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Wed Jul 26, 2017, 07:49 PM

People and wildlife now threatened by rapid destruction of central America's forests


'Human Footprint and Cow's Hoofprint' report shows illegal cattle ranching is responsible for more than 90 percent of forest loss in remaining wildlife strongholds


NEW YORK (July 25, 2017) - Central America's largest remaining forests are disappearing at a precipitous rate due to illegal cattle ranching, oil palm plantations, and other human-related activities, all of which are putting local communities and the region's wildlife species at high risk.

A new comprehensive study by WCS (Wildlife Conservation Society) titled the "Human Footprint and Cow's Hoofprint Analysis" was presented this month for validation and analysis by indigenous groups, protected area agencies, and civil society organizations from nine countries. This spurred the development of a joint commitment known as "The PetÚn Declaration." Signed by 25 of the attending organizations, the declaration recognizes the causes of forest loss and commits to concrete actions to address them.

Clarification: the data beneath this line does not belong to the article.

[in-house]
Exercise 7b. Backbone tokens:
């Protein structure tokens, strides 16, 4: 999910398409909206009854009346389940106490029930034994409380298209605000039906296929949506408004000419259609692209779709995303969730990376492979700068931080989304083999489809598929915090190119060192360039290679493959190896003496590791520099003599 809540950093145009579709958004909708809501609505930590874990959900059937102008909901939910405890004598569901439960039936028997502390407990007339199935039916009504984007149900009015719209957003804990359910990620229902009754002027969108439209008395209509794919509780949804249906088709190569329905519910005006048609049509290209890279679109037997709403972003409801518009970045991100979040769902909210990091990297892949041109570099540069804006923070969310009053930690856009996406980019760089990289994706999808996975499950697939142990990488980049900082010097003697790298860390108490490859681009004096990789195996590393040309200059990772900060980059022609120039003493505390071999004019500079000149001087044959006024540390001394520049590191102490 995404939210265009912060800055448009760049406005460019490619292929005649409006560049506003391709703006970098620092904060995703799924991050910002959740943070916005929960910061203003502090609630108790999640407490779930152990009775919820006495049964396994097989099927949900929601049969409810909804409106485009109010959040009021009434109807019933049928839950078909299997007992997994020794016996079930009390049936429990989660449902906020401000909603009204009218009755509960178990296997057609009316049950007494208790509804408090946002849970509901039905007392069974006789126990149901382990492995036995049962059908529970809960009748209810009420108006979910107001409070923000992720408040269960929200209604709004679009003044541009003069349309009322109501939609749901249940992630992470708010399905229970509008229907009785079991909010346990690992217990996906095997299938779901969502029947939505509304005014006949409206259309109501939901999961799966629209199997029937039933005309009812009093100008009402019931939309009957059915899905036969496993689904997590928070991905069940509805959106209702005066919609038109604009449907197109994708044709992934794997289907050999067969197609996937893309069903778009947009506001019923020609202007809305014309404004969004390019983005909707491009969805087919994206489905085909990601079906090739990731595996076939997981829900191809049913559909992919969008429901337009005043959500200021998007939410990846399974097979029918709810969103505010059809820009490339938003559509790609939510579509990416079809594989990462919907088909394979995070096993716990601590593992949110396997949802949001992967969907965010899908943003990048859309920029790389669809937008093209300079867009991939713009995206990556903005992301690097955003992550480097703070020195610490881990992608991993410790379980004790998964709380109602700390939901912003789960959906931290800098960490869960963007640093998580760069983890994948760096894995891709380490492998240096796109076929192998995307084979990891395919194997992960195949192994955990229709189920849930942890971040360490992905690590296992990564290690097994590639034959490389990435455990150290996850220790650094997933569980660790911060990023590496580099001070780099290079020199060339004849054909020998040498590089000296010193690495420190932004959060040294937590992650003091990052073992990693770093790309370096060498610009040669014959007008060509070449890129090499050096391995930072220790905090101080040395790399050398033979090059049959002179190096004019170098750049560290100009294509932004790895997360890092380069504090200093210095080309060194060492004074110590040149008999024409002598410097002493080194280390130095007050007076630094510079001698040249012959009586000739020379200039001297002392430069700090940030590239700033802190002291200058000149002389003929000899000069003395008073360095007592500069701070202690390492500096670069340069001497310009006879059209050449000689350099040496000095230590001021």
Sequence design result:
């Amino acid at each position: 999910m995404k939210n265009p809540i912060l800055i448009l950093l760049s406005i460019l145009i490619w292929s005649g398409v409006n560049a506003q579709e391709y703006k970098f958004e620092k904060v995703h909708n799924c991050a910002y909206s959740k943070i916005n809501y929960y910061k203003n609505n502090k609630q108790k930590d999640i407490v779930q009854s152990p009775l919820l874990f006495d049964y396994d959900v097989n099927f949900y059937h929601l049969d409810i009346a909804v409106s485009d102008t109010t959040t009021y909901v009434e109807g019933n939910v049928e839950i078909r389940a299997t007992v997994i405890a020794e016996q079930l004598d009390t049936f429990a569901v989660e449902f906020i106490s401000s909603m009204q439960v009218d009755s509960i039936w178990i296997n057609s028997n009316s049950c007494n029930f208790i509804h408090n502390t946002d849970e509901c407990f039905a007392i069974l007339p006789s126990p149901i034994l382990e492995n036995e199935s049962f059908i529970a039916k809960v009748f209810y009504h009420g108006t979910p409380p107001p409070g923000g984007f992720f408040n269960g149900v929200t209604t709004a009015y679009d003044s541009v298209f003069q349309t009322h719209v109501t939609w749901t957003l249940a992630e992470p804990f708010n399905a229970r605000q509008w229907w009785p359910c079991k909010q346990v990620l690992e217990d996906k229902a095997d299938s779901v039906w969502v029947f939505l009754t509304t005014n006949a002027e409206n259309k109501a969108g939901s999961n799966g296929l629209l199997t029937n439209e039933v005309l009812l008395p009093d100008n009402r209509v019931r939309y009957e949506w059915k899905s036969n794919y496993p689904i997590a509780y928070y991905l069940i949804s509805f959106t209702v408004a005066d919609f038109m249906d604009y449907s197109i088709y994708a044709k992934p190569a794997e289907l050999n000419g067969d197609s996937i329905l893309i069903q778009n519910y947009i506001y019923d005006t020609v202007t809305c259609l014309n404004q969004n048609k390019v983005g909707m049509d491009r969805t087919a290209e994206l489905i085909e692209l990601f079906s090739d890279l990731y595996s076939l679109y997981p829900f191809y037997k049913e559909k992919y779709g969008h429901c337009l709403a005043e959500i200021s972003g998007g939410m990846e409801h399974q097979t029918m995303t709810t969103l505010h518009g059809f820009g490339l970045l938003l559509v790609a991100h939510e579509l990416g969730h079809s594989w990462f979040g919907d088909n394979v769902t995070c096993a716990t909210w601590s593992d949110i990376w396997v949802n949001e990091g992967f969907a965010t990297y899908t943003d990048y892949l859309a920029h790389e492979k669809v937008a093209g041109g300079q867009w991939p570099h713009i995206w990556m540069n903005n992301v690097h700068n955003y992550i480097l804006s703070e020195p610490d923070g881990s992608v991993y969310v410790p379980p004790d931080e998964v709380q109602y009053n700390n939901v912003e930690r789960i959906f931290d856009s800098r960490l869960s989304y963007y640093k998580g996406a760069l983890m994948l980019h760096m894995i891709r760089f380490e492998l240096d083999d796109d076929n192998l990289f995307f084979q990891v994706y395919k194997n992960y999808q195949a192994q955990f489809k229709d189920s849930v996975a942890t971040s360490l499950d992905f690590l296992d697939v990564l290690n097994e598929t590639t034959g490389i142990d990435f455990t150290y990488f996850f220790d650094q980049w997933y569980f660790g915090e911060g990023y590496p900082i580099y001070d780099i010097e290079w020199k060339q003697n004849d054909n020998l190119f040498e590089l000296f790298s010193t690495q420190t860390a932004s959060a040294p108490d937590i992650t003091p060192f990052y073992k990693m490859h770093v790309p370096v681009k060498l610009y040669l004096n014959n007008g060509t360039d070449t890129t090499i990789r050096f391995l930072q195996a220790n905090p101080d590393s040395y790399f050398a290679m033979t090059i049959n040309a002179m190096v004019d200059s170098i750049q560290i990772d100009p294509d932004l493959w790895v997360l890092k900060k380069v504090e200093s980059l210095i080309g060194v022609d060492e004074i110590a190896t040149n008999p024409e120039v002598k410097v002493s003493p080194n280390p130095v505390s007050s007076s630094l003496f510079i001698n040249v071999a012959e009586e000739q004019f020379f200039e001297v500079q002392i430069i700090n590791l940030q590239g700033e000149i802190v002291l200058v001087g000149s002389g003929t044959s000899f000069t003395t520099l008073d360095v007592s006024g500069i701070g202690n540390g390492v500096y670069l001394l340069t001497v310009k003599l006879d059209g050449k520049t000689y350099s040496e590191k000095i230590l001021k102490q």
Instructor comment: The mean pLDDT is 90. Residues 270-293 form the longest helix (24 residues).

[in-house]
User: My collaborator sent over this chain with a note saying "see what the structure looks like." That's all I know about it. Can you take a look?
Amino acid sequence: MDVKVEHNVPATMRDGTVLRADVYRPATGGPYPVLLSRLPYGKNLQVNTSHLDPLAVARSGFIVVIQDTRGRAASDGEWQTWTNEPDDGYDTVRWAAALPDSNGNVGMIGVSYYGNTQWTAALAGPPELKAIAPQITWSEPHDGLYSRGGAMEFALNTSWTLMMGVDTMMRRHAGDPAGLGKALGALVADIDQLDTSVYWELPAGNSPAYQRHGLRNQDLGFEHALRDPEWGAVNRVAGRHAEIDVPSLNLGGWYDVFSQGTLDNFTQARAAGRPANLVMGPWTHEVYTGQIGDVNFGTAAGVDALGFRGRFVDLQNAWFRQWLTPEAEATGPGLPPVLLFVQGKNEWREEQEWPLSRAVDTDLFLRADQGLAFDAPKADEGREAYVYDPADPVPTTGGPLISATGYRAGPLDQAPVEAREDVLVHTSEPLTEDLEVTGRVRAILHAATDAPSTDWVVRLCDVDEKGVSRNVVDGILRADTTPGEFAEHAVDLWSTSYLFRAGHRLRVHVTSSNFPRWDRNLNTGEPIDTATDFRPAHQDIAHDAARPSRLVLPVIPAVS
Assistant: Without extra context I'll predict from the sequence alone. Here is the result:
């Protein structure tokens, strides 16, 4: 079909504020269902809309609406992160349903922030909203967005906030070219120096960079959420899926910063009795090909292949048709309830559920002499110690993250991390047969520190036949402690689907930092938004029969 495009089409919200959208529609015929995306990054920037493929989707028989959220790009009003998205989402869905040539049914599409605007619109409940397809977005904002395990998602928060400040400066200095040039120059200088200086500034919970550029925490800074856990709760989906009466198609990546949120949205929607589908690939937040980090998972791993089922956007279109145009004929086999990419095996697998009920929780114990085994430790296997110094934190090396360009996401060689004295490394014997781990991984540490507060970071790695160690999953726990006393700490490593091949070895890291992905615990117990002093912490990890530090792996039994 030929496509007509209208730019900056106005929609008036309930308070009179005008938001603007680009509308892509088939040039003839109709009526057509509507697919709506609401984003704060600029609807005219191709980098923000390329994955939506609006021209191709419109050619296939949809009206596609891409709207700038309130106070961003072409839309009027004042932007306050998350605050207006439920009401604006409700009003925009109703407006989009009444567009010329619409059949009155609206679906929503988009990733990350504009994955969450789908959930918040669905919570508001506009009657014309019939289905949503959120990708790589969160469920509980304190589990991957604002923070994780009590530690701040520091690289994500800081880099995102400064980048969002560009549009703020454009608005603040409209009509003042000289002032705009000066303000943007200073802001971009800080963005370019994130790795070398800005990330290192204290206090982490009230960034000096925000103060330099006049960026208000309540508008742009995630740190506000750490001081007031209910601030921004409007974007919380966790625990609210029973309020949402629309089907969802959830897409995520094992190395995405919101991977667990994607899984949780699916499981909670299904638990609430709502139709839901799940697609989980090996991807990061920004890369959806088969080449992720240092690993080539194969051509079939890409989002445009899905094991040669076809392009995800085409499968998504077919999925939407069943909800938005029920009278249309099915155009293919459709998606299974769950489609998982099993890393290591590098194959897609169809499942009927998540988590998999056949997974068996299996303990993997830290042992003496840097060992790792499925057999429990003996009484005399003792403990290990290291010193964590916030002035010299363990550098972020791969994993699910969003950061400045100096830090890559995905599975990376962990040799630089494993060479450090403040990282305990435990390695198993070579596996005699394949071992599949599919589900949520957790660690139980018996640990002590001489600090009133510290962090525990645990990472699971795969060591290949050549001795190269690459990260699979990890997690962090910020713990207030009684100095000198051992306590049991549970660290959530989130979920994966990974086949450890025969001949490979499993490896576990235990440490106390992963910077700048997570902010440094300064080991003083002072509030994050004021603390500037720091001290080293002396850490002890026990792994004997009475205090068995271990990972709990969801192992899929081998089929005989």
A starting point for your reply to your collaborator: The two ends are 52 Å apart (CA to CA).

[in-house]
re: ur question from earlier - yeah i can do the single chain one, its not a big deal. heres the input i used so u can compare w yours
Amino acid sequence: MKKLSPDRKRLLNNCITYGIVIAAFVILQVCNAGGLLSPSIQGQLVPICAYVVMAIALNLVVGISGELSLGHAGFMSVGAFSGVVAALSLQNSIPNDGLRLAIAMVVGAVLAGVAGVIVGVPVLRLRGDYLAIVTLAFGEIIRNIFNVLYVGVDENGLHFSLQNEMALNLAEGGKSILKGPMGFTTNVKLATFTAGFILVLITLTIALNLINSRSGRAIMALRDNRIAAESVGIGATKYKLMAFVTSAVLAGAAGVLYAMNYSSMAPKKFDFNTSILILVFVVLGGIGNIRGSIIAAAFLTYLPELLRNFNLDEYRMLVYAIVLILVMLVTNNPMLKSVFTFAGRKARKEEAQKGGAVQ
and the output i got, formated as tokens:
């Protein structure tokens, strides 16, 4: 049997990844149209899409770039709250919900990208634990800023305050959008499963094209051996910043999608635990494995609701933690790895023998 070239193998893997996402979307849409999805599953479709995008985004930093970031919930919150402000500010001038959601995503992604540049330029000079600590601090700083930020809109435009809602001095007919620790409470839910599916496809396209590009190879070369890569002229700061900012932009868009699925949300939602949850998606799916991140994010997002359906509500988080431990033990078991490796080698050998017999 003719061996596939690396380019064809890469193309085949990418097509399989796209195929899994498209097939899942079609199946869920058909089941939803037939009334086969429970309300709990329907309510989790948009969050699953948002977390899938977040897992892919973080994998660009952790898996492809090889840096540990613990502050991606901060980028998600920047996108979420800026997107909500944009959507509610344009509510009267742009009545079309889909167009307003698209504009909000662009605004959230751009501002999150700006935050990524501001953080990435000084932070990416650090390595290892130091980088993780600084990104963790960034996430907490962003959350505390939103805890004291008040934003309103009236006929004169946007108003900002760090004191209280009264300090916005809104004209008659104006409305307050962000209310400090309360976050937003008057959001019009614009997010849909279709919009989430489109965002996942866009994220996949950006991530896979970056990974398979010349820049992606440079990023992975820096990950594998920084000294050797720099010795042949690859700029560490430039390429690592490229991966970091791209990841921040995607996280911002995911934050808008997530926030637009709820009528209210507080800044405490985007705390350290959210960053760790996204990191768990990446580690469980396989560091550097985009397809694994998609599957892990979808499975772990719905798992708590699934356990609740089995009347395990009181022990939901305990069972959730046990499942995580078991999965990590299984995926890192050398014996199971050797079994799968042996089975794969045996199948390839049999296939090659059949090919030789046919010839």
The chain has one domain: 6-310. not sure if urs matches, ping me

One of the most alarming discoveries made by the study's research team is that the three largest remaining forest blocks in Central America have been reduced in size by more than 23 percent in the past 15 years. The study was conducted by WCS in partnership with the U.S. Fish and Wildlife Service and the Organization of American States to understand and protect Mesoamerica's last great forests. Data for the analysis was collected using satellite imagery, census data on people and cattle/agriculture, publications, interviews, and via a megaflyover expedition: an ambitious plane-based survey across the region's largest forests.

"The disappearance of huge swaths of forests over such a short time period has grave implications for the indigenous peoples in the region and the natural resources on which they depend," said Victor Hugo Ramos, Monitoring and Evaluation Specialist for the WCS Mesoamerica program.


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